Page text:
Dachshunds are one of the oldest dog breeds in the world. They are thought to have originated in Germany, where they were bred for hunting. These dogs have always had short limbs and a large belly.

For centuries, they have been bred to hunt badgers (their name means “badger hound”). Today, Dachshunds make excellent pets. They are intelligent, lively and loving. They get along well with children and their small size makes them perfect for people living in smaller homes or apartments.

The Dachshund is a very brave dog who is fearless when it comes to defending its home. It can sometimes be suspicious of strangers, making it a good watchdog. The Dachshund has a tendency to bark a lot.

It also can be fairly independent and tends to resist commands or orders from unfamiliar people. It is intelligent, so with proper training, it can be well-behaved. The Dachshund was bred to chase after prey, which means that if it isn’t trained properly it can develop what is known as “small dog syndrome,” a condition in which the dog believes that it is out of the “pack leader” position in the family. This can result in stubbornness and outright disobedience.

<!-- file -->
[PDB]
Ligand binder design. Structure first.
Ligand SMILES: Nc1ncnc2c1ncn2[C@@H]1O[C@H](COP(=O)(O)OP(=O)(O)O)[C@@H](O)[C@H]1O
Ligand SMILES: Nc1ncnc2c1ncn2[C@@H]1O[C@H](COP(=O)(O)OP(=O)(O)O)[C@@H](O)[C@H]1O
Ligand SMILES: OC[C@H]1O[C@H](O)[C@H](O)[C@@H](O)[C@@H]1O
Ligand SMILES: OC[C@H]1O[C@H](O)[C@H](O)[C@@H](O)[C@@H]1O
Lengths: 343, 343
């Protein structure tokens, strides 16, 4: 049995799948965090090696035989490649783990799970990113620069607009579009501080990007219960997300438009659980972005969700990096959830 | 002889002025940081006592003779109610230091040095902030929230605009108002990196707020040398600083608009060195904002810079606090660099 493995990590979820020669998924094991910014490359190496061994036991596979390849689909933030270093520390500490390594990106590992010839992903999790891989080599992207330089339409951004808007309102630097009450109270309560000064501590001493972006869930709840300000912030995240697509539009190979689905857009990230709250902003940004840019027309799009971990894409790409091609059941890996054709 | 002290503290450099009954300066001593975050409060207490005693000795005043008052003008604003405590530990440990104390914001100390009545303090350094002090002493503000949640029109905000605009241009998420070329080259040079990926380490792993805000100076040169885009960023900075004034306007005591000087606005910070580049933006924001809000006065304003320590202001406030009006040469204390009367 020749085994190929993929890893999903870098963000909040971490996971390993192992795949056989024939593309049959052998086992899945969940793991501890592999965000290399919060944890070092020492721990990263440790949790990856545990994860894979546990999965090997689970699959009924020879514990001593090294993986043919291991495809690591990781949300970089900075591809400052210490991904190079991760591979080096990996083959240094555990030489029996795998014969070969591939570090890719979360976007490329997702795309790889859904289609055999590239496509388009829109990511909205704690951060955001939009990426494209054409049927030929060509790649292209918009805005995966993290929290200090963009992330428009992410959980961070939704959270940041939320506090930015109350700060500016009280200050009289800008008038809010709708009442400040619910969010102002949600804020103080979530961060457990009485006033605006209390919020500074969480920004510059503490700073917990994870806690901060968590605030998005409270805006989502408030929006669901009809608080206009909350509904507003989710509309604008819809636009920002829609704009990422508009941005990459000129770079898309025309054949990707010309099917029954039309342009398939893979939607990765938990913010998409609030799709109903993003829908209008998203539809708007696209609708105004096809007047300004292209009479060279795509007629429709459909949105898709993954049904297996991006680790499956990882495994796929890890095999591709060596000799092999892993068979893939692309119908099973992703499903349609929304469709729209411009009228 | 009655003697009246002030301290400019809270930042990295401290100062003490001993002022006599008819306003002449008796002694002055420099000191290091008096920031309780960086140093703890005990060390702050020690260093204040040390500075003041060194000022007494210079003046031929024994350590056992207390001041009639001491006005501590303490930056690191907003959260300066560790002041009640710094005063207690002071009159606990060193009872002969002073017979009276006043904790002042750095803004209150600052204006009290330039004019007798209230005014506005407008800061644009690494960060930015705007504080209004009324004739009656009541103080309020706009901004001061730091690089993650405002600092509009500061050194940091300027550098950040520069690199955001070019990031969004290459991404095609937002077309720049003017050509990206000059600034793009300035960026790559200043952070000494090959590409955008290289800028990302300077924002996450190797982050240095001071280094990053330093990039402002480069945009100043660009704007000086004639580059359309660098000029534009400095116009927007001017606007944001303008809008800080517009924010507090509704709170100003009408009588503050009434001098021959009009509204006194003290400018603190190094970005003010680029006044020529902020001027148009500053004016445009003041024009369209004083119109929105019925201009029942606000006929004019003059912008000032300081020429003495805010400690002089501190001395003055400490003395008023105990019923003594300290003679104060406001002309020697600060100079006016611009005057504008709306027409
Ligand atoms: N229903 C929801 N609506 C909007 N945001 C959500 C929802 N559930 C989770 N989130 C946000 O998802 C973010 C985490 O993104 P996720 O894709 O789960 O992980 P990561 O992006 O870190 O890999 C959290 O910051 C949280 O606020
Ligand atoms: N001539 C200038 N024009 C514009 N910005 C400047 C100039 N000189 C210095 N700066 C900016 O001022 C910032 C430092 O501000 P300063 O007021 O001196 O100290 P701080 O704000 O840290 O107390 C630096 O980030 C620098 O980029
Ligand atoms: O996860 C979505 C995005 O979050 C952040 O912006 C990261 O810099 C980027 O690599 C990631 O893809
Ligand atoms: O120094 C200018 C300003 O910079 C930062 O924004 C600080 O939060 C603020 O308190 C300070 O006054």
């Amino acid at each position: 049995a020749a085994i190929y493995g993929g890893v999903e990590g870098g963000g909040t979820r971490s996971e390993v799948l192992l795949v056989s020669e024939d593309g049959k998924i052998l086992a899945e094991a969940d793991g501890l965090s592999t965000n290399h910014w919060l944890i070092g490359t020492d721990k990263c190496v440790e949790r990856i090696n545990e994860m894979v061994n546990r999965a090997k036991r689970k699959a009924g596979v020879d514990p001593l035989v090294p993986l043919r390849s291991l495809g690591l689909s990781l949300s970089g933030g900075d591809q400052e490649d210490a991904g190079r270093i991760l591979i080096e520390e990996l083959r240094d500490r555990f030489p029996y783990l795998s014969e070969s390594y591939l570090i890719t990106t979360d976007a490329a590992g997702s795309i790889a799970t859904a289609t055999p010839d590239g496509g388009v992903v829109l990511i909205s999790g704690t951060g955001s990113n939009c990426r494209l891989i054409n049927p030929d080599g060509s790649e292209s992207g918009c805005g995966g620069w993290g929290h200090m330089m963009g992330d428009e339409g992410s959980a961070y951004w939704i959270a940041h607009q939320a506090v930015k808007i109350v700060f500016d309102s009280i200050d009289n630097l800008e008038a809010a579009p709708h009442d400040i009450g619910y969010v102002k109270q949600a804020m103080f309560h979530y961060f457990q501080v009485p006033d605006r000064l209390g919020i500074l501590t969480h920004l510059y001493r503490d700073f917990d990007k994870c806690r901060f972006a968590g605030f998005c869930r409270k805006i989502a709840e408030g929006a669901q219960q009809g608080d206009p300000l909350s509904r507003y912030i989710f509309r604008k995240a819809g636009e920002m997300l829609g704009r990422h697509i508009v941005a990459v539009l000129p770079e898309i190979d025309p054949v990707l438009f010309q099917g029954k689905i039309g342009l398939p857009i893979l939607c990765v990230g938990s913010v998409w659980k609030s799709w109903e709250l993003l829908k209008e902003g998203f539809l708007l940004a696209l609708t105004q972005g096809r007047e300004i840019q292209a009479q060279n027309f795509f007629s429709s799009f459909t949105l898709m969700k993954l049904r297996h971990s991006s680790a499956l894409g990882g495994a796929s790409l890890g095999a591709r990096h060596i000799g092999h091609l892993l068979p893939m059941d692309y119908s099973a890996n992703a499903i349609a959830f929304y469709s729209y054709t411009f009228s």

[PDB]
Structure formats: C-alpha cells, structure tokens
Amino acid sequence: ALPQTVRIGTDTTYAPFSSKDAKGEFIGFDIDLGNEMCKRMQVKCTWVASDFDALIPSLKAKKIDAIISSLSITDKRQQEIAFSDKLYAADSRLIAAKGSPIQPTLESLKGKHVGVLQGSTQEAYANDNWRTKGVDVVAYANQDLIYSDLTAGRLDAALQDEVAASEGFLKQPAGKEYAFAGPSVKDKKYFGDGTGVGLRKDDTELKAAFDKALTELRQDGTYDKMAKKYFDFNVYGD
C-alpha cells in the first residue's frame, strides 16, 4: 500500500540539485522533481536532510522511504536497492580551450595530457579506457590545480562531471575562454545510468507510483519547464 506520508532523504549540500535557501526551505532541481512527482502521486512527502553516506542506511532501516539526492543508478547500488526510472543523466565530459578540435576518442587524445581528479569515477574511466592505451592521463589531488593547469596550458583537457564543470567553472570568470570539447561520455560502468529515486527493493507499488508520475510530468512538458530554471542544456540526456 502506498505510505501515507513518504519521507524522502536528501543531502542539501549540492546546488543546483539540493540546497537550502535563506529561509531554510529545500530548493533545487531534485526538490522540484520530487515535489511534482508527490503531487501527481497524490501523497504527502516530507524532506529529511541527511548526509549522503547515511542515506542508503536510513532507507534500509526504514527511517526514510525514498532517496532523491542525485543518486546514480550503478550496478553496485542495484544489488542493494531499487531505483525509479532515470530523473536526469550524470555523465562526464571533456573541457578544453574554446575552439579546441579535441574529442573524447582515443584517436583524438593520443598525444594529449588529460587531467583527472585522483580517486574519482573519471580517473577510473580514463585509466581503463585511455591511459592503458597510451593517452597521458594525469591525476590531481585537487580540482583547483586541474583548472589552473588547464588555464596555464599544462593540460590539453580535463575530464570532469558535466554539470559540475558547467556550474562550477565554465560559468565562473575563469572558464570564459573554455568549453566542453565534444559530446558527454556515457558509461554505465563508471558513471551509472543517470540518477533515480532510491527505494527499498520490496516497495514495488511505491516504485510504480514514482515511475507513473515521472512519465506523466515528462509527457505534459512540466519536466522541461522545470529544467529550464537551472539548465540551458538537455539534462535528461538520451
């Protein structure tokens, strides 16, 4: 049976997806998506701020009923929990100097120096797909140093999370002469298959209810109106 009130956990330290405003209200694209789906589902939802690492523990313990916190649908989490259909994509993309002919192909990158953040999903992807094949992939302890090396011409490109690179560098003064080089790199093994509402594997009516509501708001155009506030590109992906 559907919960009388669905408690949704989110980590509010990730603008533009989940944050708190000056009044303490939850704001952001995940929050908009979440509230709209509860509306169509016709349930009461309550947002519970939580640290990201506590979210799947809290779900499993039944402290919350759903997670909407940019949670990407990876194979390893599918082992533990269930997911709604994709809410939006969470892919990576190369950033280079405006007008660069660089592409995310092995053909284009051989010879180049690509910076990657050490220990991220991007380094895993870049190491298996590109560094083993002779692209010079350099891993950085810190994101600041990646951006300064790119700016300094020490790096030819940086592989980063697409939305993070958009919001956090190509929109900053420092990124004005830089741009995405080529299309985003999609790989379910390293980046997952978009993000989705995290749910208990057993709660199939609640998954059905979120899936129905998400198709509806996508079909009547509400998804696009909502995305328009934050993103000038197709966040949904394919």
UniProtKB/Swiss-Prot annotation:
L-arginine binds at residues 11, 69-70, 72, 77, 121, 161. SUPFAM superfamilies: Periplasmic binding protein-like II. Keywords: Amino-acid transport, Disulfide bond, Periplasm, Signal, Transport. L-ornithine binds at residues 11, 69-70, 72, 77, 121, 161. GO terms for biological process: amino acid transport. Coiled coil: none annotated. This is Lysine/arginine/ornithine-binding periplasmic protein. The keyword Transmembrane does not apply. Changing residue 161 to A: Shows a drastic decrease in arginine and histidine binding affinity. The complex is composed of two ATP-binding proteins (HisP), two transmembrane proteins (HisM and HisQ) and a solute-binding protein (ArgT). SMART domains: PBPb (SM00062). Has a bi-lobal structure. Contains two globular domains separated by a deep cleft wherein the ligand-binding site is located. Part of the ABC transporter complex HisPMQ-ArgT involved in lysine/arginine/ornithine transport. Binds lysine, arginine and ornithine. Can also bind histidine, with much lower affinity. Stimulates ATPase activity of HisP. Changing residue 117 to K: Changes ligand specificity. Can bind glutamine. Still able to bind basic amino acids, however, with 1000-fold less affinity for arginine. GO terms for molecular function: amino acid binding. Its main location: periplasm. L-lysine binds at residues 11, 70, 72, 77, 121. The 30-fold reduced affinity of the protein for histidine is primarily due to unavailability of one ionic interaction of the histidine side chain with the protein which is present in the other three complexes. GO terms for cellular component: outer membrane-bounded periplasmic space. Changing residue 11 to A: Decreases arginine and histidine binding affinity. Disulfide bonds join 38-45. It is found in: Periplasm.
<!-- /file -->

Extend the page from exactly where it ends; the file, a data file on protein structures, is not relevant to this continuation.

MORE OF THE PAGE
Dachshund Appearance

These dogs have small frames and strong bodies. They have long bodies with short legs, which is what gives them their distinctive look. They have muscular necks and chests and thick furry coats.

Dachshund Dog Breed Information Center: Dachshund Puppies and Adults - | Dog Puppy Site

Dachshunds do not have undercoats, so they are prone to matting if they are not brushed regularly. These dogs weigh anywhere from 16 to 33 pounds (7 to 15 kg). The shorter-legged dogs are heavier than the longer-legged dogs. The dogs have narrow heads with pointy muzzles. Their jaws are slightly over their eyes. They have small nostrils and ears that stand up. The very short legs end in round feet with dewclaws on both the front and hind legs. They have bushy tails that are usually curled around their bodies.

Dachshunds can be found in a wide variety of colors, most of which are solid. They can be black, brown, gray, tan or red. The patterns that these dogs can have are dappled, which consists of large or small spots on a background of another color; they can be brindled, which consists of stripes on a background of another color; they can be piebald, which consists of large or small patches of another color; and they can be marbled, which consists of swirling patches of another color.